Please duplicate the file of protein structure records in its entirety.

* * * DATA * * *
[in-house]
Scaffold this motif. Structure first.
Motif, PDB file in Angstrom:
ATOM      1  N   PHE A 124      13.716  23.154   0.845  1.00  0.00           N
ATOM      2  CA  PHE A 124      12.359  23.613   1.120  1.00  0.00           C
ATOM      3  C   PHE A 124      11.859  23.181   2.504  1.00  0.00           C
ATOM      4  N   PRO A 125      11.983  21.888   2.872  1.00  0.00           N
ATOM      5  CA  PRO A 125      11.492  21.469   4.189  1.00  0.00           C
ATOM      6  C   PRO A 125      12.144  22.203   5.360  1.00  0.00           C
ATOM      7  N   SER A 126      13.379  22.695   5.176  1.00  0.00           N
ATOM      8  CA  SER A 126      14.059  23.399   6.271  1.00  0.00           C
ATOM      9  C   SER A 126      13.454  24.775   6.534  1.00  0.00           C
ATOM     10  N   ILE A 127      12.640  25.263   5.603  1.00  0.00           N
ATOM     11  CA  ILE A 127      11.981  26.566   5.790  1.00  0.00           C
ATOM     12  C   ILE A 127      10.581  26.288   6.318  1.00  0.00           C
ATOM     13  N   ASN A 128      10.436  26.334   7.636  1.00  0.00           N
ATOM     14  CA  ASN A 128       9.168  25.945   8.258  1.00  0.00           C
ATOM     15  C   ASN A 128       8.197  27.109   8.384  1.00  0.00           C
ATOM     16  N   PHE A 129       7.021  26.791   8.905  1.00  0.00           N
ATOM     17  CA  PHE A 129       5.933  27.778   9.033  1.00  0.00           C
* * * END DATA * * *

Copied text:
[in-house]
Scaffold this motif. Structure first.
Motif, PDB file in Angstrom:
ATOM      1  N   PHE A 124      13.716  23.154   0.845  1.00  0.00           N
ATOM      2  CA  PHE A 124      12.359  23.613   1.120  1.00  0.00           C
ATOM      3  C   PHE A 124      11.859  23.181   2.504  1.00  0.00           C
ATOM      4  N   PRO A 125      11.983  21.888   2.872  1.00  0.00           N
ATOM      5  CA  PRO A 125      11.492  21.469   4.189  1.00  0.00           C
ATOM      6  C   PRO A 125      12.144  22.203   5.360  1.00  0.00           C
ATOM      7  N   SER A 126      13.379  22.695   5.176  1.00  0.00           N
ATOM      8  CA  SER A 126      14.059  23.399   6.271  1.00  0.00           C
ATOM      9  C   SER A 126      13.454  24.775   6.534  1.00  0.00           C
ATOM     10  N   ILE A 127      12.640  25.263   5.603  1.00  0.00           N
ATOM     11  CA  ILE A 127      11.981  26.566   5.790  1.00  0.00           C
ATOM     12  C   ILE A 127      10.581  26.288   6.318  1.00  0.00           C
ATOM     13  N   ASN A 128      10.436  26.334   7.636  1.00  0.00           N
ATOM     14  CA  ASN A 128       9.168  25.945   8.258  1.00  0.00           C
ATOM     15  C   ASN A 128       8.197  27.109   8.384  1.00  0.00           C
ATOM     16  N   PHE A 129       7.021  26.791   8.905  1.00  0.00           N
ATOM     17  CA  PHE A 129       5.933  27.778   9.033  1.00  0.00           C